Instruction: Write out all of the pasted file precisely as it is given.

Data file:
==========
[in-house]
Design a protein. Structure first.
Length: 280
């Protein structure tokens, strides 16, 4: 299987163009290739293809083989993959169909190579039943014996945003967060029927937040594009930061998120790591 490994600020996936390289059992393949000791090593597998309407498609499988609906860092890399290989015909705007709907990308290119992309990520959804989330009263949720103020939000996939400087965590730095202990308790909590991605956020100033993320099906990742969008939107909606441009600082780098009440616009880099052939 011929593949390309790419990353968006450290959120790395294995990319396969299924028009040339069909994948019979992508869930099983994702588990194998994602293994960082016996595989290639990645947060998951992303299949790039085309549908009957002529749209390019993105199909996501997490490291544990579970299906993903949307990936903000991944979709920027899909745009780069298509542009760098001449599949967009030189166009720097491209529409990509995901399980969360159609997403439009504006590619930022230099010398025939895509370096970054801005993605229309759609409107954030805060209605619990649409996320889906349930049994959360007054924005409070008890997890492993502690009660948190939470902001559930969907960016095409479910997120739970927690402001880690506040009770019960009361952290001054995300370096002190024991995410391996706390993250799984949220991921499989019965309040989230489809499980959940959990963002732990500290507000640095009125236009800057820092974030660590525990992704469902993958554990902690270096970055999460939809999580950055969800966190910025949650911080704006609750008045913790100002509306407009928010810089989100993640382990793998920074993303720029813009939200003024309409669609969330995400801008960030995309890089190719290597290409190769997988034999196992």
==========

[in-house]
Design a protein. Structure first.
Length: 280
């Protein structure tokens, strides 16, 4: 299987163009290739293809083989993959169909190579039943014996945003967060029927937040594009930061998120790591 490994600020996936390289059992393949000791090593597998309407498609499988609906860092890399290989015909705007709907990308290119992309990520959804989330009263949720103020939000996939400087965590730095202990308790909590991605956020100033993320099906990742969008939107909606441009600082780098009440616009880099052939 011929593949390309790419990353968006450290959120790395294995990319396969299924028009040339069909994948019979992508869930099983994702588990194998994602293994960082016996595989290639990645947060998951992303299949790039085309549908009957002529749209390019993105199909996501997490490291544990579970299906993903949307990936903000991944979709920027899909745009780069298509542009760098001449599949967009030189166009720097491209529409990509995901399980969360159609997403439009504006590619930022230099010398025939895509370096970054801005993605229309759609409107954030805060209605619990649409996320889906349930049994959360007054924005409070008890997890492993502690009660948190939470902001559930969907960016095409479910997120739970927690402001880690506040009770019960009361952290001054995300370096002190024991995410391996706390993250799984949220991921499989019965309040989230489809499980959940959990963002732990500290507000640095009125236009800057820092974030660590525990992704469902993958554990902690270096970055999460939809999580950055969800966190910025949650911080704006609750008045913790100002509306407009928010810089989100993640382990793998920074993303720029813009939200003024309409669609969330995400801008960030995309890089190719290597290409190769997988034999196992």